The United nations has also created an organization called “UN women” which specializes in gender equality and helps protect the voices of those women that want rights as men. It also helps defend the rights of women on the declaration of human rights. Gender equality is a fundamental human right. Un women was created to empower women. Because of the UN a women in a small town called Gujarat has been elected for the first time as head of the village council. UN Women has also helped to fund a union of domestic housekeepers to fight for better working conditions. Many maids come from abroad to work in Chile, where they face working 15-hour days and are at high risk of rape by young Chilean men. The universal declaration of rights also reinforced that there could be no distinction or discrimination on gender basis.

Women as political leaders and right to abortion and birth control

(1970s – present)

Many women have been some form of leaders throughout the world. For example, In their town, country , state but in some way women have made it to the top and have made their way into important office and put in important positions to make an impact and help and share their political views and ideas to help run and create better things. For example Eleanor Roosevelt was the wife of the 32nd president, Franklin Roosevelt. She was an articulate, vocal, candid political, and civil rights activist. She is famous for her powerful quote “ Women are like tea bags, we don’t know our strength until we are in hot water!” She also was part of the UN commission for human rights. Another example is Rosa Parks. She was a black women who refused to give up her seat to a white man because of racism and was arrested. For a year long there was a black bus boycott and she is now known as “first lady of civil rights”. In 1996, She was awarded the presidential medal of freedom.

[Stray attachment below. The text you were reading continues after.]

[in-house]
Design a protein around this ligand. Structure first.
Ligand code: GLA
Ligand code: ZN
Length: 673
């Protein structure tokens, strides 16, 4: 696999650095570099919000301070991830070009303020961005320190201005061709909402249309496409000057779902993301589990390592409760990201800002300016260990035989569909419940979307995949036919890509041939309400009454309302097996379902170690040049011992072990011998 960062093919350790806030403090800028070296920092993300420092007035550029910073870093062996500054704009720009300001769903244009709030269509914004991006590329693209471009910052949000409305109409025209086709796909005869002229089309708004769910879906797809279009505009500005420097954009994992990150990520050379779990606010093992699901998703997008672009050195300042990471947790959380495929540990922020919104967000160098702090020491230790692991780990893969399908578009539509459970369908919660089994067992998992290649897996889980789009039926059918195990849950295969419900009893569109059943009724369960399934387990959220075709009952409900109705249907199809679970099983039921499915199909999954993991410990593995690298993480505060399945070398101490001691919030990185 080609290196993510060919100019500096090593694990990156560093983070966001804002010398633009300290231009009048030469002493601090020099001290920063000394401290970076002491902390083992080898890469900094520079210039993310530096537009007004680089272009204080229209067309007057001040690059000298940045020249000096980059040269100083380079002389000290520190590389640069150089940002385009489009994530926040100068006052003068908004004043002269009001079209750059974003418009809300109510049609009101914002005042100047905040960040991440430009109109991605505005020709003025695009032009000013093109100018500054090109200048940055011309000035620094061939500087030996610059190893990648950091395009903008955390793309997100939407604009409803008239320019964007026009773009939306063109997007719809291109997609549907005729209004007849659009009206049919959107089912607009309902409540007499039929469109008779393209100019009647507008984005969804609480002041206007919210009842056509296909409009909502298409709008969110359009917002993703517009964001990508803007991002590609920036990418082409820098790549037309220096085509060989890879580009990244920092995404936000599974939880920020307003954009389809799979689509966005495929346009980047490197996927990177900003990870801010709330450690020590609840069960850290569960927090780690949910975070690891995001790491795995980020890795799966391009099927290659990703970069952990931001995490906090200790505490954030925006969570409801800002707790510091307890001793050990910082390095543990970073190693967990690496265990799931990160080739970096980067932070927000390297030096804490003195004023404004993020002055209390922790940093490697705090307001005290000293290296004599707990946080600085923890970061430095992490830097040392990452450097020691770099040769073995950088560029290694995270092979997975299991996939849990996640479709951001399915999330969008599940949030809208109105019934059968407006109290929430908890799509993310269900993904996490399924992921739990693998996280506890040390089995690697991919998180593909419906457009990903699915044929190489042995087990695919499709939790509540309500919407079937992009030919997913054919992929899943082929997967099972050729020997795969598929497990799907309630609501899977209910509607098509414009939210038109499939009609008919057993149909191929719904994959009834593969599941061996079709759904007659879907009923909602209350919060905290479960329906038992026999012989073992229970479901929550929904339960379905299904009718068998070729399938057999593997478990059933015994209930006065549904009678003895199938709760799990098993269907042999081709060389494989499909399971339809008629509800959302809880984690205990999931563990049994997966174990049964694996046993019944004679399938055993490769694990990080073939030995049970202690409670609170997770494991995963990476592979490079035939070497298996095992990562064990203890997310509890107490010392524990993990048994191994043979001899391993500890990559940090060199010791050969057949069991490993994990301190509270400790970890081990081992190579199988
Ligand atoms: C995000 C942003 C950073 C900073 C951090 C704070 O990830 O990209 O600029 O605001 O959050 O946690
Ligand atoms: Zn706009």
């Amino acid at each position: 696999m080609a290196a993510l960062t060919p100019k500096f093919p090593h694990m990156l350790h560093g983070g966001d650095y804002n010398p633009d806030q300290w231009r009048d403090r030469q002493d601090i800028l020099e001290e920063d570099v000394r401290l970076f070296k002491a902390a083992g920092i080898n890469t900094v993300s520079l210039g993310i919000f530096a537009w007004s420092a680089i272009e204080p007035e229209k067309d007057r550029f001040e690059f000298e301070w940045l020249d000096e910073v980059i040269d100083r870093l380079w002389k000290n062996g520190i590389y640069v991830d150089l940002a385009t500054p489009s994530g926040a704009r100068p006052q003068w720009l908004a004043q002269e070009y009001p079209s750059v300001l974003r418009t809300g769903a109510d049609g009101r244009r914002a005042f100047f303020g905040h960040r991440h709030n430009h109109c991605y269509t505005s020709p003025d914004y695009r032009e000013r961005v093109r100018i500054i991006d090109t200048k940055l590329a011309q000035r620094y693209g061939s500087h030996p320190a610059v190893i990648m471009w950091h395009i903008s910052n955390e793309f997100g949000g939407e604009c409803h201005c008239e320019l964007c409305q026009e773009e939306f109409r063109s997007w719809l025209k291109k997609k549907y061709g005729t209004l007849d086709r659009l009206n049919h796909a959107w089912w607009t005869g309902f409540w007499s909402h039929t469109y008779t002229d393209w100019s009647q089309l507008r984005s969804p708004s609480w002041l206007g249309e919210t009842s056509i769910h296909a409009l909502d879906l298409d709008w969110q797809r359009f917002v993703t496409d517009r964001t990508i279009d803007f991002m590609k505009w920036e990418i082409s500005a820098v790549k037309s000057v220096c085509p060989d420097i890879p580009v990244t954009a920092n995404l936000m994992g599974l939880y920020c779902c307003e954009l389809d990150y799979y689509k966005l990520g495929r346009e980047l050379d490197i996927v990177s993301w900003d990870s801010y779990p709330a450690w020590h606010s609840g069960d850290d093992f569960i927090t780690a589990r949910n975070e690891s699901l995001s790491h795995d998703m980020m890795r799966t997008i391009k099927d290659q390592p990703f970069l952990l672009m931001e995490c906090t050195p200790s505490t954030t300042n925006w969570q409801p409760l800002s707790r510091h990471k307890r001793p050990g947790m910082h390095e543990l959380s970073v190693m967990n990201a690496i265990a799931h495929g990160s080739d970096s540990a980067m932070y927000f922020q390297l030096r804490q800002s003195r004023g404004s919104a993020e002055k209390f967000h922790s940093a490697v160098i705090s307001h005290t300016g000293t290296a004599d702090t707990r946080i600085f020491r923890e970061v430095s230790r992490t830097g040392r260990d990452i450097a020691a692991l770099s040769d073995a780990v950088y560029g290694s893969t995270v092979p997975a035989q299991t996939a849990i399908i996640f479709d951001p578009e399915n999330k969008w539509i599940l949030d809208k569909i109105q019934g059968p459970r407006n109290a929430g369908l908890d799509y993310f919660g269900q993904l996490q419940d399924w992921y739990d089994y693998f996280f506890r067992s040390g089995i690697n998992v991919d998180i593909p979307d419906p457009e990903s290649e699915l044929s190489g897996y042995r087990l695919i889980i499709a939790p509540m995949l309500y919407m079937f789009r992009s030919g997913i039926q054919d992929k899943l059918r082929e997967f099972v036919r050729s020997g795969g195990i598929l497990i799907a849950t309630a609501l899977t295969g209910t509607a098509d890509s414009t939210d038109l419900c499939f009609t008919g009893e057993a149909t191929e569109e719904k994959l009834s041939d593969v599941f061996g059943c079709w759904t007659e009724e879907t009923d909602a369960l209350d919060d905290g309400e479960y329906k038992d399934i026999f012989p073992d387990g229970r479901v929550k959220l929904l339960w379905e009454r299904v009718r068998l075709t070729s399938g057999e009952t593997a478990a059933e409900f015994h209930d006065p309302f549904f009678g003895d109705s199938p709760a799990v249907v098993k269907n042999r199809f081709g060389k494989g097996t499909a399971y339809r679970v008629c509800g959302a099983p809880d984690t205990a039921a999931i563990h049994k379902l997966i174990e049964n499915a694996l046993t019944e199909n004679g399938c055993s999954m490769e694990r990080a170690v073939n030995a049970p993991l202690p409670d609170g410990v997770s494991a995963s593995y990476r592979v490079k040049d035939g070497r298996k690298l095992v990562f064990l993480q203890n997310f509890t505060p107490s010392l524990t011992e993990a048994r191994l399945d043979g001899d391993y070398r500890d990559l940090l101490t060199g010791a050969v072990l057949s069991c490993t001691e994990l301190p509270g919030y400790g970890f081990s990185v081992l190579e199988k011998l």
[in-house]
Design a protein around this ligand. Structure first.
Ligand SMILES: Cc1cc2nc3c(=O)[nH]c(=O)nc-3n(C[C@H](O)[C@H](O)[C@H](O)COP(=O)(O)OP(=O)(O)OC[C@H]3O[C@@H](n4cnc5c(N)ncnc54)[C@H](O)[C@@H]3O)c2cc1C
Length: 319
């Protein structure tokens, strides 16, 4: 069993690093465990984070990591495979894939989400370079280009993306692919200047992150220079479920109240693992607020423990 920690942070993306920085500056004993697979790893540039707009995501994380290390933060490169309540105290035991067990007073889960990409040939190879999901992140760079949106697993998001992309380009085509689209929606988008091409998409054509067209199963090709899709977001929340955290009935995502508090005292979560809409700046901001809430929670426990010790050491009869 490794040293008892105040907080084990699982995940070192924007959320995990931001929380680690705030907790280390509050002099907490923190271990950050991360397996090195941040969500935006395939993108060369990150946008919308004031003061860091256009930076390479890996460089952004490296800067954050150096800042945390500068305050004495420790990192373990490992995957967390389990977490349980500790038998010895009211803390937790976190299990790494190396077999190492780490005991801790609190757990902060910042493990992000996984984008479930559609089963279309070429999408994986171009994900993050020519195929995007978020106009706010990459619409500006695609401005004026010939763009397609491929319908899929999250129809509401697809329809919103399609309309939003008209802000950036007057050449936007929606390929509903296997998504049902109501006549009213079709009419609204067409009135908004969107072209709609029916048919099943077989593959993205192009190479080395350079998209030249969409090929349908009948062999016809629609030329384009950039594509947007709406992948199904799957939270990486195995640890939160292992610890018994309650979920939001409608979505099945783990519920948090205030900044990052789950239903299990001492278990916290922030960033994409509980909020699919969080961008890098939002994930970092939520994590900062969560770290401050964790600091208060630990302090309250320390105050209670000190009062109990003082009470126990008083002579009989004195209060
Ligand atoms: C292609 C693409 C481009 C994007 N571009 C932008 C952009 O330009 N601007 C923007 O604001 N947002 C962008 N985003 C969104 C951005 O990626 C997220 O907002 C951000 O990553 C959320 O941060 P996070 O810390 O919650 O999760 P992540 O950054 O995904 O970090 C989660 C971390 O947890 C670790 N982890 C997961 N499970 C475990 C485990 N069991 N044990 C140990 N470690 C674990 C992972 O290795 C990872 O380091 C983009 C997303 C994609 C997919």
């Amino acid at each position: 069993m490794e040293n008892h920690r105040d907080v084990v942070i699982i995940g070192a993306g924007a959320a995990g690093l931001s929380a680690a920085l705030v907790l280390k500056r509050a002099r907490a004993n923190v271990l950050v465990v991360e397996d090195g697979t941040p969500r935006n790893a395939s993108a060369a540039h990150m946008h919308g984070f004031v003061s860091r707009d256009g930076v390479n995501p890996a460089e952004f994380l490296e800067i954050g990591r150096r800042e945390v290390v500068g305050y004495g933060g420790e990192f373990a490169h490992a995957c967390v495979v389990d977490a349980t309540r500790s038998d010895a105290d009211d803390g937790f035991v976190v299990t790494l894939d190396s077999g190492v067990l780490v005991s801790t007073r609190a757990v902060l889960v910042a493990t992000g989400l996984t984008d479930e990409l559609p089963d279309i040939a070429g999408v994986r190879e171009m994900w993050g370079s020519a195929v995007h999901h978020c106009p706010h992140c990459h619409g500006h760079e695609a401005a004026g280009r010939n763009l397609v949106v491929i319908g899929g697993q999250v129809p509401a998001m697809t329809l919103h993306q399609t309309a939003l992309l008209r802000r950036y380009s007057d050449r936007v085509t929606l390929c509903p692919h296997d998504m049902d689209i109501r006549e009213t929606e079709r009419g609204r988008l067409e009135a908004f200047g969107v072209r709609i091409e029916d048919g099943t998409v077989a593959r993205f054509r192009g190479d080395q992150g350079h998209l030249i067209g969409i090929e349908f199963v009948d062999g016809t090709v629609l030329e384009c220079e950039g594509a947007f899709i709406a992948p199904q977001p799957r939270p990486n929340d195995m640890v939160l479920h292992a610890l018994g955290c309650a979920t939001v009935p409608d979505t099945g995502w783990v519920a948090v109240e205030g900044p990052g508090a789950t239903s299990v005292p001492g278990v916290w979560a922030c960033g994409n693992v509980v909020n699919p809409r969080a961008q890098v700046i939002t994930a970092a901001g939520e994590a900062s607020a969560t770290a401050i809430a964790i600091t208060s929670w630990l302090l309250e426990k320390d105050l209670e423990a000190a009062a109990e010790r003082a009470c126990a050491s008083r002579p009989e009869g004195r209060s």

Birth control is a way to prevent pregnancy and abortion is the termination of a human pregnancy. Women have not always had the right to birth control or abortion. When women become pregnant, sometimes the father isn’t responsible and decides to walk away and leave all the responsibility to the women. For that reason some women decide to have an abortion for personal issues. In 1960 the birth control pill was introduced as a contraceptive. It was their choice whether they wanted to take it or not. The fight for the freedom of women to use contraceptive was hard. In the 1960 many states prohibited the sales of contraceptives. Now they have set up clinics to help women get free birth control and also give them Medicare to help them. In 1916 a woman named Margaret Sanger opened the first birth control clinic then was arrested for 30 days. After she got out she reopened her clinic and suffered more prosecutions and jail time. In 1961 the first contraceptive pill was approved by the food and drug administration. Now many birth control methods exist and researches are still planning on learning more ways to prevent pregnancy.


In conclusion, Women have had a tough time throughout history, from fighting, to being able to work, to being political leaders and fighting their right for birth control. It has not been easy for us even today there is still a lot of controversy on women.






A Brief History of Birth Control in the U.S.